Second, why is it that three domestic courts (being bound by legislation passed by the UK Parliament to consider the case law and principles of the European Convention and Court), were satisfied that executing the policy is not only (presently) lawful, but outweighs the human rights concerns, whereas the European Court are not? The European Court considered the UN Human Rights Commissioner’s concerns in coming to its conclusion, and gave precedence to liberty and human rights in stopping the flights until the policy can be challenged. Where was that presumption of liberty in the domestic court’s rulings? Surely, the role of our courts is to presume that liberty is retained and that government actions are unlawful until proved otherwise? Instead further misery and indignity is heaped on these individuals, with the promise that they will be returned to the UK (and the chaos of its own asylum processes) should the judicial review succeed in July.
Thirdly, all domestic courts were satisfied that the Home Secretary would honour her ‘promise’ to return the individuals to the UK should the July case be decided against the government. As the European Court noted, this was not a legally effective assurance or remedy, but let us remember that this is a Home Secretary who was found to have refused to comply with a court order to return a deported person to the UK to ensure their presence as a witness in a death in detention inquiry. It is the same Home Secretary who admitted to a court that deportation and detention decisions were carried out without any legal authority, and who has misled Parliament on the meaning and reach of asylum and immigration policies. Little wonder that the Strasbourg Court failed to show any deference to the government’s assurances.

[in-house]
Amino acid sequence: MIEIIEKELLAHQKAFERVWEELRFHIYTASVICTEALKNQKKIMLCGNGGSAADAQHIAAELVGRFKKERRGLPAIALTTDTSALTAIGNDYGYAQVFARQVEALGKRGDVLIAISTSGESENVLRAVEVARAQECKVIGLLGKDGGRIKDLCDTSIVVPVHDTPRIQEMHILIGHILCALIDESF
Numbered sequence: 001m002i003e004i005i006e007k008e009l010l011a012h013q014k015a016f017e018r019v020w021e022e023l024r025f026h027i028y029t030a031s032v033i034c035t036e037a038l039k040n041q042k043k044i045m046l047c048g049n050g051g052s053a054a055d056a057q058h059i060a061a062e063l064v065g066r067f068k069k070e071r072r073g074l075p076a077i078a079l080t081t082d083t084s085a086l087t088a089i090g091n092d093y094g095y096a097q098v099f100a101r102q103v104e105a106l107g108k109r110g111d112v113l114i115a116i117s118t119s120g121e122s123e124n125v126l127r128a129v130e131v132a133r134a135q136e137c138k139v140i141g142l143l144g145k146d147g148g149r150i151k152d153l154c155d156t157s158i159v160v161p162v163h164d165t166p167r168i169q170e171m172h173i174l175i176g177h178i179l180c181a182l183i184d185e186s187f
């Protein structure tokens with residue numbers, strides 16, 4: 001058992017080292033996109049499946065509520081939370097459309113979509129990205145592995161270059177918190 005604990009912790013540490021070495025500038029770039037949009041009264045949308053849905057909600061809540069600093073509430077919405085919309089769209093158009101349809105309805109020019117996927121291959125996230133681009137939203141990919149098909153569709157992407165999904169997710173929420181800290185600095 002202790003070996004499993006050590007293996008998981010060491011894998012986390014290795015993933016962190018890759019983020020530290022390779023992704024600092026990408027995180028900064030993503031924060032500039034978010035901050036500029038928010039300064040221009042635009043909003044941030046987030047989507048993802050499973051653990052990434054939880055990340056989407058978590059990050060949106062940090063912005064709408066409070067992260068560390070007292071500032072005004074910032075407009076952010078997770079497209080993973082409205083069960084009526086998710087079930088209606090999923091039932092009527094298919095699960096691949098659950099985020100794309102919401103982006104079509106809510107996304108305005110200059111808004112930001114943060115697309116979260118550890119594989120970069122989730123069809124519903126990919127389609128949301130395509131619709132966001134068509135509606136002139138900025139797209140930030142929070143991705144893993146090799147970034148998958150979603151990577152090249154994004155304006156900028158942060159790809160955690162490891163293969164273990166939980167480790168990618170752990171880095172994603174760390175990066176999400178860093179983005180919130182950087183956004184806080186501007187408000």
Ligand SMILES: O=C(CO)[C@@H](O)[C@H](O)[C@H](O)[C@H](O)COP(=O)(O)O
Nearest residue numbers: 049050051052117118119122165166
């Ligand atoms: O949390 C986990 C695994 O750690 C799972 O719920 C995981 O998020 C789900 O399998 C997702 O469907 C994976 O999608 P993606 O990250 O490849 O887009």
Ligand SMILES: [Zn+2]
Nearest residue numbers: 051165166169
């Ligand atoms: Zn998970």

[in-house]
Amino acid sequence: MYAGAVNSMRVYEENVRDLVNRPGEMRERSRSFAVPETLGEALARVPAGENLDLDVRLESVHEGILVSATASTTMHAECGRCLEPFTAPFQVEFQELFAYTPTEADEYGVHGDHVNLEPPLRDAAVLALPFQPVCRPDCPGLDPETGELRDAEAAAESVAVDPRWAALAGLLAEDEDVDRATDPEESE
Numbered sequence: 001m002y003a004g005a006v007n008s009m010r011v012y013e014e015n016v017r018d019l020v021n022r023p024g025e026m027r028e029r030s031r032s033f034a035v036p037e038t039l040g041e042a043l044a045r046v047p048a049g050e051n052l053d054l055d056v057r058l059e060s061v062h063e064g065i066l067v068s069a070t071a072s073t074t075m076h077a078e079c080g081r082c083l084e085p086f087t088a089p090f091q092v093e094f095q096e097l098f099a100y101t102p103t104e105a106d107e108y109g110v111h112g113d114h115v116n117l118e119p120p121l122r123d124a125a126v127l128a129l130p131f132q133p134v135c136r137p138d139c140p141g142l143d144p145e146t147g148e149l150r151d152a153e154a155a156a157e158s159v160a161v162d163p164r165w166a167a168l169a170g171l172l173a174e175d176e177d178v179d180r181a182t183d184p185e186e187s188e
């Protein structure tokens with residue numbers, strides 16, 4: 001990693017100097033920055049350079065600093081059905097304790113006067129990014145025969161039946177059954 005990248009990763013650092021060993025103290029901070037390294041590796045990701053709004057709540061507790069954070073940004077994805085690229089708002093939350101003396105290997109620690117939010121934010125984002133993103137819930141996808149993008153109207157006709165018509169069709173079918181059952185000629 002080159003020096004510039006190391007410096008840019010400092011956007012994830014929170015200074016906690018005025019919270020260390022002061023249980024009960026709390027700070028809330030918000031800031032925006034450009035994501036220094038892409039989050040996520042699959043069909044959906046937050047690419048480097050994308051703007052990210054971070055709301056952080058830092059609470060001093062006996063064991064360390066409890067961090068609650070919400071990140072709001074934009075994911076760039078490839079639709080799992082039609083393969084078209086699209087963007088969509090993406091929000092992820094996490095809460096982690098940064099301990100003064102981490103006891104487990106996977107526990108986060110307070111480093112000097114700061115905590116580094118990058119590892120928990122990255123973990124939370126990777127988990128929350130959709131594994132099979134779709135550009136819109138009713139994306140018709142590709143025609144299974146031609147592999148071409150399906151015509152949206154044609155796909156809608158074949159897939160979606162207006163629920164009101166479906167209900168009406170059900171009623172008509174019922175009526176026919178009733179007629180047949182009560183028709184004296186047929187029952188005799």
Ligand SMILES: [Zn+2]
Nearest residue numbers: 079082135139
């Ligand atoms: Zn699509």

The July hearing is eagerly awaited, where we will see the extent to which our courts will question government policy when it conflicts with Convention rights and wider arguments on human dignity and civilised behaviour. In the meantime, the Strasbourg Court has, once again, come to the rescue.